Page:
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Tuesday, October 23, 2007

NO-air Extravaganza? CBS, Zombies, and Babylon Fields

Halloween season continues unabated here at Blackmarket Pies, and tonight I give you a look at the show that CBS decided we didn't want to see: Babylon Fields.

Babylon Fields was a drama (and it is a drama drama, with nary a chuckle in earshot) that features two of the hottest subjects at the moment - death and zombies. I'm guessing Pirates and/or Ninjas were out of the range of the budget. I say "was" because while a pilot was ordered by CBS for the fall 2007 season, the exec's decided to pass it up for the vampire series "Moonlight" instead. So this may be your only chance to get to know what a TV show about zombies would have looked like on a major television network. Go you!

Sounding like a spin-off from the idea behind the French movie They Came Back, Babylon Fields explores what happens when the dead return from the grave, and really aren't that keen on brain-eating: they just want to return to their old lives, even if the people from those lives had decided to move on long ago.


Jamey Sheridan ... Ernie Wunch (undead husband)

Kathy Baker ... Shirley Wunch

Amber Tamblyn ... Janine Wunch

Ray Stevenson ... Carl Tiptree (police chief)

Our story begins with a shot of a recently re-animated corpse clawing his way back to the world of the living - except he's not coming out of a cemetery, he's emerging from within a fenced-off lot marked "Private Property." Keep this in mind, it'll be important later.

Then we're introduced to two of the protagonists: the surviving Wunches, Janine and her mother, Shirley. They're doing what those about to be attacked by zombies typically do: the banalities of every day life. There's not a whole lot here other than typical mother/teenage daughter banter, so it's probably best if we move on.

Cut to: a small-town police station. Carl Tiptree (played by Ray Stevenson, he was in HBO's Rome, don'tcha know) the only police chief in the world who lacks any kind of personality whatsoever, is introduced here, as well as his girlfriend/sex-buddy, Louisa Ramirez (played by Leila Arcieri). They, uh, "flirt," I guess, and then go about their business.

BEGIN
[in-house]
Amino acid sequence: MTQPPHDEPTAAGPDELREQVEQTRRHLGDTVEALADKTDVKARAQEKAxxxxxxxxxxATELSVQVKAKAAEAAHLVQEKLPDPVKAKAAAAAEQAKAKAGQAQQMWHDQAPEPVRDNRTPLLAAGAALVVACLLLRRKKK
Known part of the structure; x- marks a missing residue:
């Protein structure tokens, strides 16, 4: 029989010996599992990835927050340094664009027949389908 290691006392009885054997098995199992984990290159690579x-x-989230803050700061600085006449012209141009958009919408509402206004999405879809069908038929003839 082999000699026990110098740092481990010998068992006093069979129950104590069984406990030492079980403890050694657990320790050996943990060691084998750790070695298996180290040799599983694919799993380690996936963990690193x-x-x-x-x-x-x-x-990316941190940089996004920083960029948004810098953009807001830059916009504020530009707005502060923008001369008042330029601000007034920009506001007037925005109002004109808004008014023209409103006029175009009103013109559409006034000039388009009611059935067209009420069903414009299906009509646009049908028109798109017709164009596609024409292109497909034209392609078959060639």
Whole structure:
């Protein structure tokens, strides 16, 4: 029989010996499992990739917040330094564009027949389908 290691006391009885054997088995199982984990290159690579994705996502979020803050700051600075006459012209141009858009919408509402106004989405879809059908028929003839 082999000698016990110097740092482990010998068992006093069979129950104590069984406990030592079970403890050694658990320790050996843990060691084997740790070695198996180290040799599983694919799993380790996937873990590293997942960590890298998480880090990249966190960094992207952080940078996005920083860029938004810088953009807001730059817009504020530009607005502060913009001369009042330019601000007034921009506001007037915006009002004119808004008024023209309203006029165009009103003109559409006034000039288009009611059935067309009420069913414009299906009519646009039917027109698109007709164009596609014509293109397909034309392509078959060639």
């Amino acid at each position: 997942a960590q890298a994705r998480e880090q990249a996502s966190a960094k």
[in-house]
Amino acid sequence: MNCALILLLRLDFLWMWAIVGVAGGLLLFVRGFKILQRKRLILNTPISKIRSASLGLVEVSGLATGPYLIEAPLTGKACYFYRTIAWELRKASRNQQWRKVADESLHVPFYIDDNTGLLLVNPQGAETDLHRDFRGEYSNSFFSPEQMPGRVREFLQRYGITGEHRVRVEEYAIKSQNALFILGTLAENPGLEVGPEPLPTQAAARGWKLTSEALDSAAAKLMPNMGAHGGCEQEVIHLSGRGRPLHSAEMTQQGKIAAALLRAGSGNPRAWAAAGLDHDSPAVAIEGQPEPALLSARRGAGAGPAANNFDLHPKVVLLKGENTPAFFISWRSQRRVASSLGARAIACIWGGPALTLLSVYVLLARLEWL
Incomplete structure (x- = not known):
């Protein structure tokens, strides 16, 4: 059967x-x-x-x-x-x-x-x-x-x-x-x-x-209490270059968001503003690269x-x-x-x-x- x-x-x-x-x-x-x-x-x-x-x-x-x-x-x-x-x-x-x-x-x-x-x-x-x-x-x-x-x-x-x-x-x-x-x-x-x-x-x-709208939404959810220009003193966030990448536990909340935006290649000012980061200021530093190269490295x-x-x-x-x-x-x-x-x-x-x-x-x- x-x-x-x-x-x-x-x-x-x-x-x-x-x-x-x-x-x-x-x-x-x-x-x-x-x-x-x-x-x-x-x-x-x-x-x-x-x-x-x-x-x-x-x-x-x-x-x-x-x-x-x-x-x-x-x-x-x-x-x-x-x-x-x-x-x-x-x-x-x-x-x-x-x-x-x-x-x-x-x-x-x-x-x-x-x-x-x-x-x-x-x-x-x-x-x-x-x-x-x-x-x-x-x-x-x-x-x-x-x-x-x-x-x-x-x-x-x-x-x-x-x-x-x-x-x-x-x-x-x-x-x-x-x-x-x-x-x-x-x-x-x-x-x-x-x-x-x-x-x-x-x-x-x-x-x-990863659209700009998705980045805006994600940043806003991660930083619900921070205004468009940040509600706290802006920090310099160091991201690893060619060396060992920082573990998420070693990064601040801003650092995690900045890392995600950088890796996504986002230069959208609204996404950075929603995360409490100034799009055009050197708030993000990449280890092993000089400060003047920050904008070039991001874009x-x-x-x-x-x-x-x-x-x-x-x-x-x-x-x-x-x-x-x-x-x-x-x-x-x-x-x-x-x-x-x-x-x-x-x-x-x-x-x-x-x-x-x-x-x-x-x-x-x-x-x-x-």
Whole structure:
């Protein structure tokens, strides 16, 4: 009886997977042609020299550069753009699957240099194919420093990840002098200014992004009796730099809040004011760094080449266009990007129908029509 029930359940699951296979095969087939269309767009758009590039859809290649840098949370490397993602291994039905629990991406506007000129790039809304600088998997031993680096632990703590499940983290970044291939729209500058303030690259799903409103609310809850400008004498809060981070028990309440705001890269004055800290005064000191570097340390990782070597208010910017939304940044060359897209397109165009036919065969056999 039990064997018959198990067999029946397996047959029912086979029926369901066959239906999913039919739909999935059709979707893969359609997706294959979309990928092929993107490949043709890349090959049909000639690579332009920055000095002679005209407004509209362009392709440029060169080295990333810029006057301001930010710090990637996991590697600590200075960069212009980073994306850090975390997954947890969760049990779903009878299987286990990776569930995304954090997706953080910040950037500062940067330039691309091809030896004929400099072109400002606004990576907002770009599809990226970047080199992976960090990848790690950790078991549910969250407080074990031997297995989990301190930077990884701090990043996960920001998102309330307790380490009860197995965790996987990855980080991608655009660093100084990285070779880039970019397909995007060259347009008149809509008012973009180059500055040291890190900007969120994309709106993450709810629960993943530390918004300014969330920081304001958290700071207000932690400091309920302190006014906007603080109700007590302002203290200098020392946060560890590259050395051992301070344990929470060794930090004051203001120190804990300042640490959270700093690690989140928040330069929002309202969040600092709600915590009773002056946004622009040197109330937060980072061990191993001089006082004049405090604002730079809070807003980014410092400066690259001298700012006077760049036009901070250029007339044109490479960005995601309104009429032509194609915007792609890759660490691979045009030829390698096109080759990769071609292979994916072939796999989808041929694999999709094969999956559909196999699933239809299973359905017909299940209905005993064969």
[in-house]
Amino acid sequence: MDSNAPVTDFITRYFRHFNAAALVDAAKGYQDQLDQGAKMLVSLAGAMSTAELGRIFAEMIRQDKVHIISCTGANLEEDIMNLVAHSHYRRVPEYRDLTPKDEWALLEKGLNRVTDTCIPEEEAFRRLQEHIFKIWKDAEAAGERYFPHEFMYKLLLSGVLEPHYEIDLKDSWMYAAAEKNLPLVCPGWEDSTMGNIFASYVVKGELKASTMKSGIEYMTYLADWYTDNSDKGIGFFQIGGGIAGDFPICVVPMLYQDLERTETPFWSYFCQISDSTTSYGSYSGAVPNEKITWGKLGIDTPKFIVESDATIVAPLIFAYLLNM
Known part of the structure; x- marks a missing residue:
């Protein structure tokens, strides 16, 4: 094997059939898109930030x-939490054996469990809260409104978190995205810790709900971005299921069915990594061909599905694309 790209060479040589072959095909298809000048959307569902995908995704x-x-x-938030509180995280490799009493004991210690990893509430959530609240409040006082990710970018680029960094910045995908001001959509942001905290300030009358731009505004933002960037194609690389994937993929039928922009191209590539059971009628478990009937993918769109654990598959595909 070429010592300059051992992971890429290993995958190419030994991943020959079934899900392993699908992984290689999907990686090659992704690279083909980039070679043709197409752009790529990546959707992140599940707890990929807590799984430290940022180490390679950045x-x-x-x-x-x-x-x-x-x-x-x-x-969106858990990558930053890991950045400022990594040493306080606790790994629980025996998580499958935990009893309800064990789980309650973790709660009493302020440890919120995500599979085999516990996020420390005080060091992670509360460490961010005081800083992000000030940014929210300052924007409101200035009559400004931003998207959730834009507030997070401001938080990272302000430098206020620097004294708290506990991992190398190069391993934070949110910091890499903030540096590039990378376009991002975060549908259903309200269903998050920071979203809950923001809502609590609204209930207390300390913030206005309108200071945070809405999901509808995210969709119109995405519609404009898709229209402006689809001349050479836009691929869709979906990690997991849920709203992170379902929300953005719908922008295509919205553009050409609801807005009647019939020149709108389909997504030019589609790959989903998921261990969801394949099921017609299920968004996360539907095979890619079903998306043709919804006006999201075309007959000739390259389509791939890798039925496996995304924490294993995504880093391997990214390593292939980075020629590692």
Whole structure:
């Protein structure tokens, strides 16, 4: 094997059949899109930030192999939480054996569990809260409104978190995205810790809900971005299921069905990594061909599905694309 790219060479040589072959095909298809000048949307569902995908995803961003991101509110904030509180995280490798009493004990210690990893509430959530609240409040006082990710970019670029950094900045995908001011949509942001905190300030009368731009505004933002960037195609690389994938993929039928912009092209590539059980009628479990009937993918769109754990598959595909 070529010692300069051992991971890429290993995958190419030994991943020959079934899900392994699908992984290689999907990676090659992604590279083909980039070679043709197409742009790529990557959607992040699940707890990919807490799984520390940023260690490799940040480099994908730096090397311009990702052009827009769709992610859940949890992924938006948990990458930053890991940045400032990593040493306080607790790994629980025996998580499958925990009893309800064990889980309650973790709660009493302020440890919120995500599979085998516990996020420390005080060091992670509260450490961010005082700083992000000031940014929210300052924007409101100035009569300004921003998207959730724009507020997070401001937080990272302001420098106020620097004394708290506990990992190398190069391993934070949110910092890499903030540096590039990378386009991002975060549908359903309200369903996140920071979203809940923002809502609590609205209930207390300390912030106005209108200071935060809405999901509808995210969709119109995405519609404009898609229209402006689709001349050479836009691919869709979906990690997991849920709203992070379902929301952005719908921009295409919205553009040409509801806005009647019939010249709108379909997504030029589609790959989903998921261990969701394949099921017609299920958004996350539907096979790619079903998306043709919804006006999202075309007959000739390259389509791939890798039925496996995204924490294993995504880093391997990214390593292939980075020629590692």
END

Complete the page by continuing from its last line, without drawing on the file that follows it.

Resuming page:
Meanwhile, the dead-man-walking seen earlier has been shambling his way through the town, and the Wunches arrive home just in time to discover that he's cracked open a cold one and made himself at home.

It turns out that the dead man is Ernie Wunch, ertswhile husband of Shirley, and something of an ambiguous "monster." I'm guessing he was just a wife beater, although we are dealing with zombies here, so he may have actually been a vampire and/or werewolf. It is disappointing that we may never truly know.

Carl also has an encounter with the dearly departed. He's been called to his sister's home, where he discovers that her dead husband, Dick, has returned from the great beyond. And let me tell you, for a guy laid to rest way back in 1998, he doesn't look half bad. Dude even brags later about how he can still get it up.

You read that correctly, gentle reader: there is implied pseudo-necro-philia goin' on in Babylon Fields. At this point, you may be wondering why the show was not green-lit within seconds of viewing this scene.

Dick tells Carl to go down to Greenfield Cemetary, and "he'll see." And boy, does he ever.

Not only have dozens of the dead gotten up and started wandering around, but he even discovers that his dead wife's grave is now empty. That might get a little awkward.